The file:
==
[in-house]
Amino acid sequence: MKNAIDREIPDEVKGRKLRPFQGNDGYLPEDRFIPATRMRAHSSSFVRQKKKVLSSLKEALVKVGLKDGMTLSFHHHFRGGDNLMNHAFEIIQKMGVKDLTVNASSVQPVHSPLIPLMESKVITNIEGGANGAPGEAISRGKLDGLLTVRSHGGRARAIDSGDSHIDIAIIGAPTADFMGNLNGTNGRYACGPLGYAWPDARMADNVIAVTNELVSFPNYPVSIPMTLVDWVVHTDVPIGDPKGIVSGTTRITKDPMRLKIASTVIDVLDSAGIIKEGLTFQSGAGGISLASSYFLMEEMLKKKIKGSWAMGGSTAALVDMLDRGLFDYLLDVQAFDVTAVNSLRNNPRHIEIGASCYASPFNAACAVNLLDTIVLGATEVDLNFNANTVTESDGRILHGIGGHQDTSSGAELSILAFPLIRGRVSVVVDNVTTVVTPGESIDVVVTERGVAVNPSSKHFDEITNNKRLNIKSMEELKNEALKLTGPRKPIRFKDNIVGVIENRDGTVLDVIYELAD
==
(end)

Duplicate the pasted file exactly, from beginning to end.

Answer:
[in-house]
Amino acid sequence: MKNAIDREIPDEVKGRKLRPFQGNDGYLPEDRFIPATRMRAHSSSFVRQKKKVLSSLKEALVKVGLKDGMTLSFHHHFRGGDNLMNHAFEIIQKMGVKDLTVNASSVQPVHSPLIPLMESKVITNIEGGANGAPGEAISRGKLDGLLTVRSHGGRARAIDSGDSHIDIAIIGAPTADFMGNLNGTNGRYACGPLGYAWPDARMADNVIAVTNELVSFPNYPVSIPMTLVDWVVHTDVPIGDPKGIVSGTTRITKDPMRLKIASTVIDVLDSAGIIKEGLTFQSGAGGISLASSYFLMEEMLKKKIKGSWAMGGSTAALVDMLDRGLFDYLLDVQAFDVTAVNSLRNNPRHIEIGASCYASPFNAACAVNLLDTIVLGATEVDLNFNANTVTESDGRILHGIGGHQDTSSGAELSILAFPLIRGRVSVVVDNVTTVVTPGESIDVVVTERGVAVNPSSKHFDEITNNKRLNIKSMEELKNEALKLTGPRKPIRFKDNIVGVIENRDGTVLDVIYELAD